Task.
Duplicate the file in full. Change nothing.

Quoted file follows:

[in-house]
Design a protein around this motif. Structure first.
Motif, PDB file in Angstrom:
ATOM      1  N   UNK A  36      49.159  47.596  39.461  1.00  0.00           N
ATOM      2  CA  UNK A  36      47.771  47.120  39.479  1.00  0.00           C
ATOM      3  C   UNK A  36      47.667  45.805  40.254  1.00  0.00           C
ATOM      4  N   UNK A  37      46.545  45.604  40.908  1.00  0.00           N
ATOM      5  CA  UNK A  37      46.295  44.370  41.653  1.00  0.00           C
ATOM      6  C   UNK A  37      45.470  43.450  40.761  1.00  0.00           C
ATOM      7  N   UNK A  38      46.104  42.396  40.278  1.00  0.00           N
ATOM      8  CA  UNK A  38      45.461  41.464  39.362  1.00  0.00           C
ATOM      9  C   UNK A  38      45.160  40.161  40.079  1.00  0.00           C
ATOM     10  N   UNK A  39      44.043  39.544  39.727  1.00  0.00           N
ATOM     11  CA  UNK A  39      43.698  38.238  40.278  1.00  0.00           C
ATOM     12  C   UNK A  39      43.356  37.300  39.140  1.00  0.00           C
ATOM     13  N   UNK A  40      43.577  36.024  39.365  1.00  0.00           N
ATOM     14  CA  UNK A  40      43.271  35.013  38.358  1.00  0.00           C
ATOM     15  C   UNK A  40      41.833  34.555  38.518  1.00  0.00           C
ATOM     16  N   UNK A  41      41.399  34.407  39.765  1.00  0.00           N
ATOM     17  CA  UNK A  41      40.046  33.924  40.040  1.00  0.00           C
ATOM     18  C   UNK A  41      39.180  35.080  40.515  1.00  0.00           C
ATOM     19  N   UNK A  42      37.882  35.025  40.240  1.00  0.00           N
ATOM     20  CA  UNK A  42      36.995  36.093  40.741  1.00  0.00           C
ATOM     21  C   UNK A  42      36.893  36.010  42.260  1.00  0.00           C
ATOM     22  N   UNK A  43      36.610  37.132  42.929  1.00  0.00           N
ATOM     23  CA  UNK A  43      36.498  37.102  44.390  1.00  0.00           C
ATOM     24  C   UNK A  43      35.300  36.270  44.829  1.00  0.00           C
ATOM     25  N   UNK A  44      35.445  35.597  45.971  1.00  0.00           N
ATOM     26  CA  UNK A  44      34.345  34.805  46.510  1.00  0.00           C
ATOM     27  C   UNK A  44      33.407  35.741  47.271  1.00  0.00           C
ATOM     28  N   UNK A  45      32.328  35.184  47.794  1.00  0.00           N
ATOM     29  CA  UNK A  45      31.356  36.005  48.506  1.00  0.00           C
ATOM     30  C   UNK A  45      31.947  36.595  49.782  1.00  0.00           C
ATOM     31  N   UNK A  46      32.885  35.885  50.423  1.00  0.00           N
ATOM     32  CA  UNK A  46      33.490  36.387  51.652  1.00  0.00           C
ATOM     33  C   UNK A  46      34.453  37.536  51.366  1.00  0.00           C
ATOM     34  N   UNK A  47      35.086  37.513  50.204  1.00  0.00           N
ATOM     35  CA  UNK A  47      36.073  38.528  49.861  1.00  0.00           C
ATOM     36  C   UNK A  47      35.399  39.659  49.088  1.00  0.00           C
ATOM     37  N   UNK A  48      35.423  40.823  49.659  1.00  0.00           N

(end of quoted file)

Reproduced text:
[in-house]
Design a protein around this motif. Structure first.
Motif, PDB file in Angstrom:
ATOM      1  N   UNK A  36      49.159  47.596  39.461  1.00  0.00           N
ATOM      2  CA  UNK A  36      47.771  47.120  39.479  1.00  0.00           C
ATOM      3  C   UNK A  36      47.667  45.805  40.254  1.00  0.00           C
ATOM      4  N   UNK A  37      46.545  45.604  40.908  1.00  0.00           N
ATOM      5  CA  UNK A  37      46.295  44.370  41.653  1.00  0.00           C
ATOM      6  C   UNK A  37      45.470  43.450  40.761  1.00  0.00           C
ATOM      7  N   UNK A  38      46.104  42.396  40.278  1.00  0.00           N
ATOM      8  CA  UNK A  38      45.461  41.464  39.362  1.00  0.00           C
ATOM      9  C   UNK A  38      45.160  40.161  40.079  1.00  0.00           C
ATOM     10  N   UNK A  39      44.043  39.544  39.727  1.00  0.00           N
ATOM     11  CA  UNK A  39      43.698  38.238  40.278  1.00  0.00           C
ATOM     12  C   UNK A  39      43.356  37.300  39.140  1.00  0.00           C
ATOM     13  N   UNK A  40      43.577  36.024  39.365  1.00  0.00           N
ATOM     14  CA  UNK A  40      43.271  35.013  38.358  1.00  0.00           C
ATOM     15  C   UNK A  40      41.833  34.555  38.518  1.00  0.00           C
ATOM     16  N   UNK A  41      41.399  34.407  39.765  1.00  0.00           N
ATOM     17  CA  UNK A  41      40.046  33.924  40.040  1.00  0.00           C
ATOM     18  C   UNK A  41      39.180  35.080  40.515  1.00  0.00           C
ATOM     19  N   UNK A  42      37.882  35.025  40.240  1.00  0.00           N
ATOM     20  CA  UNK A  42      36.995  36.093  40.741  1.00  0.00           C
ATOM     21  C   UNK A  42      36.893  36.010  42.260  1.00  0.00           C
ATOM     22  N   UNK A  43      36.610  37.132  42.929  1.00  0.00           N
ATOM     23  CA  UNK A  43      36.498  37.102  44.390  1.00  0.00           C
ATOM     24  C   UNK A  43      35.300  36.270  44.829  1.00  0.00           C
ATOM     25  N   UNK A  44      35.445  35.597  45.971  1.00  0.00           N
ATOM     26  CA  UNK A  44      34.345  34.805  46.510  1.00  0.00           C
ATOM     27  C   UNK A  44      33.407  35.741  47.271  1.00  0.00           C
ATOM     28  N   UNK A  45      32.328  35.184  47.794  1.00  0.00           N
ATOM     29  CA  UNK A  45      31.356  36.005  48.506  1.00  0.00           C
ATOM     30  C   UNK A  45      31.947  36.595  49.782  1.00  0.00           C
ATOM     31  N   UNK A  46      32.885  35.885  50.423  1.00  0.00           N
ATOM     32  CA  UNK A  46      33.490  36.387  51.652  1.00  0.00           C
ATOM     33  C   UNK A  46      34.453  37.536  51.366  1.00  0.00           C
ATOM     34  N   UNK A  47      35.086  37.513  50.204  1.00  0.00           N
ATOM     35  CA  UNK A  47      36.073  38.528  49.861  1.00  0.00           C
ATOM     36  C   UNK A  47      35.399  39.659  49.088  1.00  0.00           C
ATOM     37  N   UNK A  48      35.423  40.823  49.659  1.00  0.00           N